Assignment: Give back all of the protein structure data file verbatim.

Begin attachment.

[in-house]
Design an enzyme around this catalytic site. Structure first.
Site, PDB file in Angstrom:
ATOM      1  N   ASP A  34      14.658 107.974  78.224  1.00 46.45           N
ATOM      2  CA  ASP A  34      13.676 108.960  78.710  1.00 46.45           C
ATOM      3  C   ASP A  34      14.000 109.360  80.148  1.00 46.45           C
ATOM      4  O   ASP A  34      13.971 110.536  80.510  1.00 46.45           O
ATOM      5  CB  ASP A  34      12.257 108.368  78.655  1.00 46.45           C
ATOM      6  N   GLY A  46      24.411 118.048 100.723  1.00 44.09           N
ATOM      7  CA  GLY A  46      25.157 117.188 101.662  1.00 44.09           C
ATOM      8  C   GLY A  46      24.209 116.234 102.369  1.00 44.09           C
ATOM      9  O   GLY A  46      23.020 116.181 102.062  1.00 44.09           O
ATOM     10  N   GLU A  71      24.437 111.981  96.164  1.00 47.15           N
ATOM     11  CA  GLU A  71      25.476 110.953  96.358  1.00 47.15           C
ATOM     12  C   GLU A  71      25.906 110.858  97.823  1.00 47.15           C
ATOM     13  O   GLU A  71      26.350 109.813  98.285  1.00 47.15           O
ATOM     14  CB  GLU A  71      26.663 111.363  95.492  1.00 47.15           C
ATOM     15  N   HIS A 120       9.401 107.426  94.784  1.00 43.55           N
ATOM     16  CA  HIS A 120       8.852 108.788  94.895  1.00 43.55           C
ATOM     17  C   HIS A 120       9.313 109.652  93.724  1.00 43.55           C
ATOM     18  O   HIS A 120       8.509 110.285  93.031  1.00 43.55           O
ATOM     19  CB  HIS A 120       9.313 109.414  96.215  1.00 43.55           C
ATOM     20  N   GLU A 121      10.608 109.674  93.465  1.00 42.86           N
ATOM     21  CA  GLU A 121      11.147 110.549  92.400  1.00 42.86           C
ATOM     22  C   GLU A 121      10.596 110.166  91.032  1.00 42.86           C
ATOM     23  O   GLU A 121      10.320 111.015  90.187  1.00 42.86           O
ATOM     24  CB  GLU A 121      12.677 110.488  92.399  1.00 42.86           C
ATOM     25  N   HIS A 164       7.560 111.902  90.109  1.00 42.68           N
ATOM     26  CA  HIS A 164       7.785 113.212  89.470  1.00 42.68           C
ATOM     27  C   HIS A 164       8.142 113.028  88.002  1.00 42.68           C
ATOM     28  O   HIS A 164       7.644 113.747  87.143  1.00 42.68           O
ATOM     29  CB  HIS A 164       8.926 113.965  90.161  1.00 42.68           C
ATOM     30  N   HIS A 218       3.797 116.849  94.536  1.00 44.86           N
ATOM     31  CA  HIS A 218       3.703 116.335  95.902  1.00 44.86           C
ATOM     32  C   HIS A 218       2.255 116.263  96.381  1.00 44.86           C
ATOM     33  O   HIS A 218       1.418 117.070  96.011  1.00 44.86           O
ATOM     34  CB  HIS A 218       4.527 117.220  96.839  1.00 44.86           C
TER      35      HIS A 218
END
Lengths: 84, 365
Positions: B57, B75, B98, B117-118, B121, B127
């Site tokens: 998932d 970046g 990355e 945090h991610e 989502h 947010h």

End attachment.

[in-house]
Design an enzyme around this catalytic site. Structure first.
Site, PDB file in Angstrom:
ATOM      1  N   ASP A  34      14.658 107.974  78.224  1.00 46.45           N
ATOM      2  CA  ASP A  34      13.676 108.960  78.710  1.00 46.45           C
ATOM      3  C   ASP A  34      14.000 109.360  80.148  1.00 46.45           C
ATOM      4  O   ASP A  34      13.971 110.536  80.510  1.00 46.45           O
ATOM      5  CB  ASP A  34      12.257 108.368  78.655  1.00 46.45           C
ATOM      6  N   GLY A  46      24.411 118.048 100.723  1.00 44.09           N
ATOM      7  CA  GLY A  46      25.157 117.188 101.662  1.00 44.09           C
ATOM      8  C   GLY A  46      24.209 116.234 102.369  1.00 44.09           C
ATOM      9  O   GLY A  46      23.020 116.181 102.062  1.00 44.09           O
ATOM     10  N   GLU A  71      24.437 111.981  96.164  1.00 47.15           N
ATOM     11  CA  GLU A  71      25.476 110.953  96.358  1.00 47.15           C
ATOM     12  C   GLU A  71      25.906 110.858  97.823  1.00 47.15           C
ATOM     13  O   GLU A  71      26.350 109.813  98.285  1.00 47.15           O
ATOM     14  CB  GLU A  71      26.663 111.363  95.492  1.00 47.15           C
ATOM     15  N   HIS A 120       9.401 107.426  94.784  1.00 43.55           N
ATOM     16  CA  HIS A 120       8.852 108.788  94.895  1.00 43.55           C
ATOM     17  C   HIS A 120       9.313 109.652  93.724  1.00 43.55           C
ATOM     18  O   HIS A 120       8.509 110.285  93.031  1.00 43.55           O
ATOM     19  CB  HIS A 120       9.313 109.414  96.215  1.00 43.55           C
ATOM     20  N   GLU A 121      10.608 109.674  93.465  1.00 42.86           N
ATOM     21  CA  GLU A 121      11.147 110.549  92.400  1.00 42.86           C
ATOM     22  C   GLU A 121      10.596 110.166  91.032  1.00 42.86           C
ATOM     23  O   GLU A 121      10.320 111.015  90.187  1.00 42.86           O
ATOM     24  CB  GLU A 121      12.677 110.488  92.399  1.00 42.86           C
ATOM     25  N   HIS A 164       7.560 111.902  90.109  1.00 42.68           N
ATOM     26  CA  HIS A 164       7.785 113.212  89.470  1.00 42.68           C
ATOM     27  C   HIS A 164       8.142 113.028  88.002  1.00 42.68           C
ATOM     28  O   HIS A 164       7.644 113.747  87.143  1.00 42.68           O
ATOM     29  CB  HIS A 164       8.926 113.965  90.161  1.00 42.68           C
ATOM     30  N   HIS A 218       3.797 116.849  94.536  1.00 44.86           N
ATOM     31  CA  HIS A 218       3.703 116.335  95.902  1.00 44.86           C
ATOM     32  C   HIS A 218       2.255 116.263  96.381  1.00 44.86           C
ATOM     33  O   HIS A 218       1.418 117.070  96.011  1.00 44.86           O
ATOM     34  CB  HIS A 218       4.527 117.220  96.839  1.00 44.86           C
TER      35      HIS A 218
END
Lengths: 84, 365
Positions: B57, B75, B98, B117-118, B121, B127
């Site tokens: 998932d 970046g 990355e 945090h991610e 989502h 947010h």